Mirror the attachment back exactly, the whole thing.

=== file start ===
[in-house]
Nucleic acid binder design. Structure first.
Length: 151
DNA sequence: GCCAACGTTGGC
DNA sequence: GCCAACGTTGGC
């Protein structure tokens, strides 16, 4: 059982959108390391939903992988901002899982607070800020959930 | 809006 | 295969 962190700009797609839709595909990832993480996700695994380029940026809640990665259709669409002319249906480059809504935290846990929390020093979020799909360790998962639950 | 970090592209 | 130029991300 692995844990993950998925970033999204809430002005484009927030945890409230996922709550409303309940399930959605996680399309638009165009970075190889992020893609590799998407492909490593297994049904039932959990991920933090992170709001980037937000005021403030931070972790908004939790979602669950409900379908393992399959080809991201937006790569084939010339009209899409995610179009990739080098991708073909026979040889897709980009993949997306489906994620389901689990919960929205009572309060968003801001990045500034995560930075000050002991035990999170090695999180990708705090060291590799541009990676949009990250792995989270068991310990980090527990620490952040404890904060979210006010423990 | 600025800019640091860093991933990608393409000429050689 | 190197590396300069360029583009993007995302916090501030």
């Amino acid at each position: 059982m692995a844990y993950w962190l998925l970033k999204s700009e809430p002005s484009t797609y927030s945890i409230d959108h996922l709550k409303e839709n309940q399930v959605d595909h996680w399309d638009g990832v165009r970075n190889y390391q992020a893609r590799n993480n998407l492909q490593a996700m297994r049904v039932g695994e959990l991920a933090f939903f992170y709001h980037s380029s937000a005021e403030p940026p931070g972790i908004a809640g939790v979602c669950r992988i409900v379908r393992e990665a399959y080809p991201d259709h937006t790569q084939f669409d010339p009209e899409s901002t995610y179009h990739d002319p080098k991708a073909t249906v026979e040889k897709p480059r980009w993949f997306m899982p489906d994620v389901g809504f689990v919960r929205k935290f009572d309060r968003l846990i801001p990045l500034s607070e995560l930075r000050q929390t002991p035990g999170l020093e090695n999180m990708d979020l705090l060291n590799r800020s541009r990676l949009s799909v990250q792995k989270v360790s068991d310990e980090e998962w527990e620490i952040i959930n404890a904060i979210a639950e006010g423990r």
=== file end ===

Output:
[in-house]
Nucleic acid binder design. Structure first.
Length: 151
DNA sequence: GCCAACGTTGGC
DNA sequence: GCCAACGTTGGC
């Protein structure tokens, strides 16, 4: 059982959108390391939903992988901002899982607070800020959930 | 809006 | 295969 962190700009797609839709595909990832993480996700695994380029940026809640990665259709669409002319249906480059809504935290846990929390020093979020799909360790998962639950 | 970090592209 | 130029991300 692995844990993950998925970033999204809430002005484009927030945890409230996922709550409303309940399930959605996680399309638009165009970075190889992020893609590799998407492909490593297994049904039932959990991920933090992170709001980037937000005021403030931070972790908004939790979602669950409900379908393992399959080809991201937006790569084939010339009209899409995610179009990739080098991708073909026979040889897709980009993949997306489906994620389901689990919960929205009572309060968003801001990045500034995560930075000050002991035990999170090695999180990708705090060291590799541009990676949009990250792995989270068991310990980090527990620490952040404890904060979210006010423990 | 600025800019640091860093991933990608393409000429050689 | 190197590396300069360029583009993007995302916090501030």
């Amino acid at each position: 059982m692995a844990y993950w962190l998925l970033k999204s700009e809430p002005s484009t797609y927030s945890i409230d959108h996922l709550k409303e839709n309940q399930v959605d595909h996680w399309d638009g990832v165009r970075n190889y390391q992020a893609r590799n993480n998407l492909q490593a996700m297994r049904v039932g695994e959990l991920a933090f939903f992170y709001h980037s380029s937000a005021e403030p940026p931070g972790i908004a809640g939790v979602c669950r992988i409900v379908r393992e990665a399959y080809p991201d259709h937006t790569q084939f669409d010339p009209e899409s901002t995610y179009h990739d002319p080098k991708a073909t249906v026979e040889k897709p480059r980009w993949f997306m899982p489906d994620v389901g809504f689990v919960r929205k935290f009572d309060r968003l846990i801001p990045l500034s607070e995560l930075r000050q929390t002991p035990g999170l020093e090695n999180m990708d979020l705090l060291n590799r800020s541009r990676l949009s799909v990250q792995k989270v360790s068991d310990e980090e998962w527990e620490i952040i959930n404890a904060i979210a639950e006010g423990r």